With Storm Bella buffeting the UK overnight, a more appropriate moniker could have been Storm Belladonna – or deadly nightshade, as the poisonous plant is more commonly known.
The tempest forced the closure of the Queen Elizabeth II Bridge in Kent, with gale-force winds jeopardising the safe passage of vehicles.
In Cambridgeshire, the towns of Eaton Socon, St Neots and Little Paxton were experiencing their highest-recorded river levels – and flooding was beginning to affect properties.
Ominously, the local district council was predicting levels would continue to rise until late afternoon the next day.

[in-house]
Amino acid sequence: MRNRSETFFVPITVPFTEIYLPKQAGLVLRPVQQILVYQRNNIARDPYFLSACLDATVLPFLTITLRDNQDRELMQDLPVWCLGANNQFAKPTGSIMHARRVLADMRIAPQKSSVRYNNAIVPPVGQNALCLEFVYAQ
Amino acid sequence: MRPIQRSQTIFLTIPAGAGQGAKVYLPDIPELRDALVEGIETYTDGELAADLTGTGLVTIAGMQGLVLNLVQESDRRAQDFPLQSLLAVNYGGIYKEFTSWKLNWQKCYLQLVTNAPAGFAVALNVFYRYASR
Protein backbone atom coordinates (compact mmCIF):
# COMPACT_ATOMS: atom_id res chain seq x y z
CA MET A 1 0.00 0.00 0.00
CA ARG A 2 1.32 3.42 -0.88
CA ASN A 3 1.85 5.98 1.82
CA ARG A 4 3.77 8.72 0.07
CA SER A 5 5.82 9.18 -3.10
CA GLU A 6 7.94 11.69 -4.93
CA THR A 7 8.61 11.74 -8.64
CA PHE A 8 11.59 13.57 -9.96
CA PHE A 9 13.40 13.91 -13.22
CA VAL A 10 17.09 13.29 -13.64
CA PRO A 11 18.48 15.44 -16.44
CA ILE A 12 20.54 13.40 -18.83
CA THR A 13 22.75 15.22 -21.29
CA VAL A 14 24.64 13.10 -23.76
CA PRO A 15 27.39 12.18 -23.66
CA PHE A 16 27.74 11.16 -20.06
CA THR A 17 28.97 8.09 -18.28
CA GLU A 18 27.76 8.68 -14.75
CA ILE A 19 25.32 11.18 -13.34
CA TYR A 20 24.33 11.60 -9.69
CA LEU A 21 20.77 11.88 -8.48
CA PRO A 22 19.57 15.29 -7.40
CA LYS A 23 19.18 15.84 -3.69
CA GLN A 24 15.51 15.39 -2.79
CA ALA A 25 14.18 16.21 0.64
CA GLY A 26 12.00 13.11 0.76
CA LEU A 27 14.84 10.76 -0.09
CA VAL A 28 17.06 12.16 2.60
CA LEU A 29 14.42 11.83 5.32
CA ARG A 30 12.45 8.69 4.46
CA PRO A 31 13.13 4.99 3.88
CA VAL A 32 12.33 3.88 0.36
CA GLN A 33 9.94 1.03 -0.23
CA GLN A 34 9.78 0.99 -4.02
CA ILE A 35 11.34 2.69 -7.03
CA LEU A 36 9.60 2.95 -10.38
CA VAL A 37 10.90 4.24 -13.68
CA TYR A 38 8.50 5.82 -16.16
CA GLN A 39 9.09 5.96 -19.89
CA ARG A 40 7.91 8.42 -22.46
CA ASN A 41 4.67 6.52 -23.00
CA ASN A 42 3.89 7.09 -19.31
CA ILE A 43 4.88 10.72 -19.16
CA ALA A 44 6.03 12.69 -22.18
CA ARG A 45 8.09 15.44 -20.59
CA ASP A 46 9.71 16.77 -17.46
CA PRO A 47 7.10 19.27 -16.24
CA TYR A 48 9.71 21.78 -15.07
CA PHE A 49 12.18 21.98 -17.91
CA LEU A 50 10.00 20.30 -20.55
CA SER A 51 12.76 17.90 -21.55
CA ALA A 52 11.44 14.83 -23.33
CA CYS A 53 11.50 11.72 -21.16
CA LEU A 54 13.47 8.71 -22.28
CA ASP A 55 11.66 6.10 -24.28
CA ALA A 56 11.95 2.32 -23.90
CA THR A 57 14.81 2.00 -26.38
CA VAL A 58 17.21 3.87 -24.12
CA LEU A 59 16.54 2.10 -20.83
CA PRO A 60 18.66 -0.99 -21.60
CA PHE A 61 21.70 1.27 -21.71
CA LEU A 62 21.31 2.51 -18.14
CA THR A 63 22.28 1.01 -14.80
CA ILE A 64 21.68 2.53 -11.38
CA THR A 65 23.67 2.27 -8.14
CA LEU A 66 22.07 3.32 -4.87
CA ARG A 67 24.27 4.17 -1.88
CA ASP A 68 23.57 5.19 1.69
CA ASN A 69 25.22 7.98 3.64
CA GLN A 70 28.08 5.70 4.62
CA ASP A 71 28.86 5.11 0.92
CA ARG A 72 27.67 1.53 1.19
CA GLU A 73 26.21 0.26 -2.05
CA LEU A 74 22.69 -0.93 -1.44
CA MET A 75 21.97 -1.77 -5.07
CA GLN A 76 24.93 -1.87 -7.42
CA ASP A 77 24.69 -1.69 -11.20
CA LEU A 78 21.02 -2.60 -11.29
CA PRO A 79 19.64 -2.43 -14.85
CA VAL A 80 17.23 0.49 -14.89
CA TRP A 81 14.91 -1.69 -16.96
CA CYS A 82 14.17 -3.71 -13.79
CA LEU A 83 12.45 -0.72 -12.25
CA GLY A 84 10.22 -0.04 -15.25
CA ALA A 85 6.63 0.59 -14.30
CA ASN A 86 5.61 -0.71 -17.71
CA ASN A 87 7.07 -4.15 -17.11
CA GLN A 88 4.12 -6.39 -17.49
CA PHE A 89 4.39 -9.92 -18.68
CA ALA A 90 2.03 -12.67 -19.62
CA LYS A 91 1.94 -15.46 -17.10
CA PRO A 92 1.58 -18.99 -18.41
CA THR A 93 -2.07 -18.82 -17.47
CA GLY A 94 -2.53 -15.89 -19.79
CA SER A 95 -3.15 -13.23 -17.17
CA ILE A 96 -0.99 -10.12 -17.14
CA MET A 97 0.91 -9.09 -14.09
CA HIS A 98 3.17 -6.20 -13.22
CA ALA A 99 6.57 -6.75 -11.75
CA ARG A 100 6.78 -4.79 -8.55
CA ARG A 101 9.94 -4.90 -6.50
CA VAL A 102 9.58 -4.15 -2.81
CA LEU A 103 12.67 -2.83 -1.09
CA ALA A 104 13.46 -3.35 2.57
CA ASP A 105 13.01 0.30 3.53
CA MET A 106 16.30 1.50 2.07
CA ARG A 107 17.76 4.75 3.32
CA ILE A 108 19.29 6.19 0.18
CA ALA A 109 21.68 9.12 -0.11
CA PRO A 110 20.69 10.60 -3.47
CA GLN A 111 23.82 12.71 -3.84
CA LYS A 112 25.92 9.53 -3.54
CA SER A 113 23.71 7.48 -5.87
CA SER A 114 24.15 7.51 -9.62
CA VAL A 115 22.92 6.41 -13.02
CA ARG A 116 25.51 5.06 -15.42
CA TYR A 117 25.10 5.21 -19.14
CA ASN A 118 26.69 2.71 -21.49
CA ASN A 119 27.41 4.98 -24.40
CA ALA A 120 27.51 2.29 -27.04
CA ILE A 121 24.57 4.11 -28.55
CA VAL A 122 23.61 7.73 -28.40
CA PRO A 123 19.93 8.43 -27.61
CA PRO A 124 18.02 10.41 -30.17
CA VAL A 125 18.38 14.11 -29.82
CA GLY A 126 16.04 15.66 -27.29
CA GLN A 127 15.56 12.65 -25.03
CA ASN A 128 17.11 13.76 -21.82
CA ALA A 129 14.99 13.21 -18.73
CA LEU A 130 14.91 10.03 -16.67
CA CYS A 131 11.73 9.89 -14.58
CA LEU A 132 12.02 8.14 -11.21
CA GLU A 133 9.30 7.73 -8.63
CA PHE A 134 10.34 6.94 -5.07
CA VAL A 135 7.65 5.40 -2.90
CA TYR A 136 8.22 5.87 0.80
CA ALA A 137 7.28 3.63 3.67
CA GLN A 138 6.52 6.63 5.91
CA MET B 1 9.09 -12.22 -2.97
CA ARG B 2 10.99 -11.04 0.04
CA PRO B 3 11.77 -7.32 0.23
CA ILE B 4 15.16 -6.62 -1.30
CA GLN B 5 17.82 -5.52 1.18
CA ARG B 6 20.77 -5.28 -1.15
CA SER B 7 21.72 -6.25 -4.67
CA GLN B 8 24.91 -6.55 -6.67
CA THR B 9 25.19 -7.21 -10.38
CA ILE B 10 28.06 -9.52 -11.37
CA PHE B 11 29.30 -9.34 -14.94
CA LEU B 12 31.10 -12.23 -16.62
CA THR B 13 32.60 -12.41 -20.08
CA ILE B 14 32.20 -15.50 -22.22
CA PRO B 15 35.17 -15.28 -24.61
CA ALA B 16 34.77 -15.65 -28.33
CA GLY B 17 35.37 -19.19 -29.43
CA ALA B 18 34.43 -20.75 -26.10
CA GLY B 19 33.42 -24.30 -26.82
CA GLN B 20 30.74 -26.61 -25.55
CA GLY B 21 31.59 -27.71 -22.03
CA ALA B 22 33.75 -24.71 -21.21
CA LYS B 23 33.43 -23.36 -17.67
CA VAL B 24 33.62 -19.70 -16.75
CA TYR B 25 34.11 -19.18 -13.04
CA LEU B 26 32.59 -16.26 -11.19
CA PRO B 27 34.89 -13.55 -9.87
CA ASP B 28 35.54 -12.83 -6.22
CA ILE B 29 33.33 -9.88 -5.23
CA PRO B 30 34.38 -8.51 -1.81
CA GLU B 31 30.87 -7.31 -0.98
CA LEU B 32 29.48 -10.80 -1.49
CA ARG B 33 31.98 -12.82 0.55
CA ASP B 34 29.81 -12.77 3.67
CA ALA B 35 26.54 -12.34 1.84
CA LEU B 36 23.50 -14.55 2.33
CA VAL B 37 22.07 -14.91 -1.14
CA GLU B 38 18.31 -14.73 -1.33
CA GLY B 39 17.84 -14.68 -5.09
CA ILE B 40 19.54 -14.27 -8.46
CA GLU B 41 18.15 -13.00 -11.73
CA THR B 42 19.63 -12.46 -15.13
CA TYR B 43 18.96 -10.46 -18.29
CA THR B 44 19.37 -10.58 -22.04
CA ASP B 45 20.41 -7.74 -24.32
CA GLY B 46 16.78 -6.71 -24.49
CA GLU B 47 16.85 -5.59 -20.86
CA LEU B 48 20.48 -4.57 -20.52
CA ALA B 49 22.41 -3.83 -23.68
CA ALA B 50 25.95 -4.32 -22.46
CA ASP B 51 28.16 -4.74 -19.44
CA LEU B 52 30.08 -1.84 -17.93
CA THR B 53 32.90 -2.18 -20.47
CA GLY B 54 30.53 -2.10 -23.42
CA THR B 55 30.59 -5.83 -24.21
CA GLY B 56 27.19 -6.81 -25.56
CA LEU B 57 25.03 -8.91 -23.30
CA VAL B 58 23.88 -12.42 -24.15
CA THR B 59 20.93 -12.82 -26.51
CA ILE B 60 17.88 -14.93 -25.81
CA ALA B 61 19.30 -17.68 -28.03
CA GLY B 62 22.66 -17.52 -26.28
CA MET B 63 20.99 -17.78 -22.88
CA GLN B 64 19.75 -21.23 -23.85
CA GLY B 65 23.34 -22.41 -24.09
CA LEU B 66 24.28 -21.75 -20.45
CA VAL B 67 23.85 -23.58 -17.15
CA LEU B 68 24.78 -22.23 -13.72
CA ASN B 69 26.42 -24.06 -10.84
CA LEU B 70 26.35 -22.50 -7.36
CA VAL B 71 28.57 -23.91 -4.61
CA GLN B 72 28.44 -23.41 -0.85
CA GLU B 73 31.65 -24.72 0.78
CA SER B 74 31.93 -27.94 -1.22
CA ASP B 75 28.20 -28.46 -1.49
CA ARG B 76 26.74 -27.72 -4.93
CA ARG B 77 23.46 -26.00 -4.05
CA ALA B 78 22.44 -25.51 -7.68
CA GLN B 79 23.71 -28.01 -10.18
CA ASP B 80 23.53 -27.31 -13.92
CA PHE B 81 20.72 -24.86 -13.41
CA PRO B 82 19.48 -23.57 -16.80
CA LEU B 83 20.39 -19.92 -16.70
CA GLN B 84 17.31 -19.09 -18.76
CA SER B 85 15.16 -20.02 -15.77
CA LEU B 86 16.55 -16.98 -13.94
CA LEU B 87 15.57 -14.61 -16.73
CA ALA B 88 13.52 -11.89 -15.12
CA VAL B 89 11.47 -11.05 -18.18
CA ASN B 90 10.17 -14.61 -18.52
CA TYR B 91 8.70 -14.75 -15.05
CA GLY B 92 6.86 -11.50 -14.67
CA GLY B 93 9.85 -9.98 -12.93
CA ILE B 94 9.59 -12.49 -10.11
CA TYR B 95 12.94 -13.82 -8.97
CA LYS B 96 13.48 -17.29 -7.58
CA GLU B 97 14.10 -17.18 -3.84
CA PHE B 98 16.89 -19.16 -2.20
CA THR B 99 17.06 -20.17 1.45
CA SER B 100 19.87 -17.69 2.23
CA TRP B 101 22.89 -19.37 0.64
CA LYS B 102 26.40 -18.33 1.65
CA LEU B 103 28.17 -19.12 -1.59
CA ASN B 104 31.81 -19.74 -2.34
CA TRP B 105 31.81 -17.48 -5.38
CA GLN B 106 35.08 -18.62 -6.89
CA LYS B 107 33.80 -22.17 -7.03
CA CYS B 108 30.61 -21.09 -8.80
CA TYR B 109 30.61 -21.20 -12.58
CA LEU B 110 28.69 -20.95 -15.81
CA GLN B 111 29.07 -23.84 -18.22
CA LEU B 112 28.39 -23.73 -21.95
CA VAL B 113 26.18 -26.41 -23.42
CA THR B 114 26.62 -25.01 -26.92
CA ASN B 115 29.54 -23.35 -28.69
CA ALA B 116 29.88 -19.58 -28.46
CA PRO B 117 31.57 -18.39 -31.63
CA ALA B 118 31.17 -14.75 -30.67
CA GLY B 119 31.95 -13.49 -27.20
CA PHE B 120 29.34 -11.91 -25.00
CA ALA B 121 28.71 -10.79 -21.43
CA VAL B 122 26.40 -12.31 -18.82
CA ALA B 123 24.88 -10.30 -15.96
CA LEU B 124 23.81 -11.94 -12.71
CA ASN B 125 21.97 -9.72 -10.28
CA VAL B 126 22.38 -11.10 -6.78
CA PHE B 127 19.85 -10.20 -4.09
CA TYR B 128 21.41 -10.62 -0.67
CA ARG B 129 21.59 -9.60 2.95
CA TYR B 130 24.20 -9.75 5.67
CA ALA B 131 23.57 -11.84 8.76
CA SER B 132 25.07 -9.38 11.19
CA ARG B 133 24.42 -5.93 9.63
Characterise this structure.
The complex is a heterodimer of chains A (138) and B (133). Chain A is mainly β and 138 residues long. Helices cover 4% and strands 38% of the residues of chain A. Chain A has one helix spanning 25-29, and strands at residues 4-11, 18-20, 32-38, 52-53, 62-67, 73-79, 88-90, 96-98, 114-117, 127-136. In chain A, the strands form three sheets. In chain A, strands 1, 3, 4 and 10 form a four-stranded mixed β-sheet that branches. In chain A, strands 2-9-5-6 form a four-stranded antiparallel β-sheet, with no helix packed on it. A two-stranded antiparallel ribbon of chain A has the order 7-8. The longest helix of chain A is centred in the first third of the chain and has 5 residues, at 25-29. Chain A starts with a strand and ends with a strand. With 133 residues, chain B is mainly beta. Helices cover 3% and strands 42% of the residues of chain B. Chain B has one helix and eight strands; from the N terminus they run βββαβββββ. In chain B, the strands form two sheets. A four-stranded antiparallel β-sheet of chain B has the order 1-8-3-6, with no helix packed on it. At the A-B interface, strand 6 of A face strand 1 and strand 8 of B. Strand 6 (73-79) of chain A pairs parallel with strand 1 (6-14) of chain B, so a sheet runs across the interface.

The flood warnings follow days of wet weather, where rivers have been swelling throughout the UK.
Graham Windram's houseboat washed on to the banks of the Great Ouse river in Great Barford on Saturday.
Mr Windram had to secure his home and "abandon ship" out of precaution, he told British broadcaster Sky News.
In Bedford, residents put up flood defences and sandbags to keep rising river waters at bay well into the night, said Jan Schofield, who lives on The Embankment besides the river.
Both Great Barford and Bedford are under Tier 4, the highest level of coronavirus restrictions in England, but residents were allowed to leave their homes to seek shelter and safety.
"This hasn't yet suddenly allow Covid to disappear," Philip Simpkins, chief executive of Bedford Borough Council, told Sky News.
He urged people not to be “heroic,” and to follow Covid safety guidelines.
Flood warnings were put in place in Wales, too, where on Saturday winds of 133kph were recorded.